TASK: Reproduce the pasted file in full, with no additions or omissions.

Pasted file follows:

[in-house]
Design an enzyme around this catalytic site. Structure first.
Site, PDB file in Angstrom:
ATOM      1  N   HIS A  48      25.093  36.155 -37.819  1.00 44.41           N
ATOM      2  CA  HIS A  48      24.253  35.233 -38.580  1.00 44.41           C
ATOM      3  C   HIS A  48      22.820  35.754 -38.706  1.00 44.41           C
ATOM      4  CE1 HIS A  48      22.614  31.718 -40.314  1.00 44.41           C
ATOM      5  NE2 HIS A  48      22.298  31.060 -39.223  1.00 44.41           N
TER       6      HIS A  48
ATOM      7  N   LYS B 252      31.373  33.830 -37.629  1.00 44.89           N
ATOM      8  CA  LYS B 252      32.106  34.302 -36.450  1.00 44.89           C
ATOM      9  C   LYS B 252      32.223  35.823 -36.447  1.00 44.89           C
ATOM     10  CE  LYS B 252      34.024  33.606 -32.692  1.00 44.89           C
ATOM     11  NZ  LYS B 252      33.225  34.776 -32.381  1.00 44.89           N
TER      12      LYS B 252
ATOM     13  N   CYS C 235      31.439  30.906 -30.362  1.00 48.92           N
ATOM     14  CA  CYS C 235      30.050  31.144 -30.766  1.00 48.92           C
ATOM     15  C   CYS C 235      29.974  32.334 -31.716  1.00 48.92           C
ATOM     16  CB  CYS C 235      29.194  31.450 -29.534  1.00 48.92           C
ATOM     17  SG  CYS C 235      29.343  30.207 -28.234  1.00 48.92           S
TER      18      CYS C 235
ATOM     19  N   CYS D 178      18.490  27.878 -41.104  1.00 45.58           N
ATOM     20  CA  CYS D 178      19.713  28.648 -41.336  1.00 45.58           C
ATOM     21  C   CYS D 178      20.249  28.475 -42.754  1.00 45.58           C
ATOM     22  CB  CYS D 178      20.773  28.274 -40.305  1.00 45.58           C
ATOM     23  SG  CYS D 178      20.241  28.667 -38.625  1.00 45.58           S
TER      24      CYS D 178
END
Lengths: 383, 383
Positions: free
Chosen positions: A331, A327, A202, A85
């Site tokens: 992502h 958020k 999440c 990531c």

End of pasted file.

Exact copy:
[in-house]
Design an enzyme around this catalytic site. Structure first.
Site, PDB file in Angstrom:
ATOM      1  N   HIS A  48      25.093  36.155 -37.819  1.00 44.41           N
ATOM      2  CA  HIS A  48      24.253  35.233 -38.580  1.00 44.41           C
ATOM      3  C   HIS A  48      22.820  35.754 -38.706  1.00 44.41           C
ATOM      4  CE1 HIS A  48      22.614  31.718 -40.314  1.00 44.41           C
ATOM      5  NE2 HIS A  48      22.298  31.060 -39.223  1.00 44.41           N
TER       6      HIS A  48
ATOM      7  N   LYS B 252      31.373  33.830 -37.629  1.00 44.89           N
ATOM      8  CA  LYS B 252      32.106  34.302 -36.450  1.00 44.89           C
ATOM      9  C   LYS B 252      32.223  35.823 -36.447  1.00 44.89           C
ATOM     10  CE  LYS B 252      34.024  33.606 -32.692  1.00 44.89           C
ATOM     11  NZ  LYS B 252      33.225  34.776 -32.381  1.00 44.89           N
TER      12      LYS B 252
ATOM     13  N   CYS C 235      31.439  30.906 -30.362  1.00 48.92           N
ATOM     14  CA  CYS C 235      30.050  31.144 -30.766  1.00 48.92           C
ATOM     15  C   CYS C 235      29.974  32.334 -31.716  1.00 48.92           C
ATOM     16  CB  CYS C 235      29.194  31.450 -29.534  1.00 48.92           C
ATOM     17  SG  CYS C 235      29.343  30.207 -28.234  1.00 48.92           S
TER      18      CYS C 235
ATOM     19  N   CYS D 178      18.490  27.878 -41.104  1.00 45.58           N
ATOM     20  CA  CYS D 178      19.713  28.648 -41.336  1.00 45.58           C
ATOM     21  C   CYS D 178      20.249  28.475 -42.754  1.00 45.58           C
ATOM     22  CB  CYS D 178      20.773  28.274 -40.305  1.00 45.58           C
ATOM     23  SG  CYS D 178      20.241  28.667 -38.625  1.00 45.58           S
TER      24      CYS D 178
END
Lengths: 383, 383
Positions: free
Chosen positions: A331, A327, A202, A85
């Site tokens: 992502h 958020k 999440c 990531c």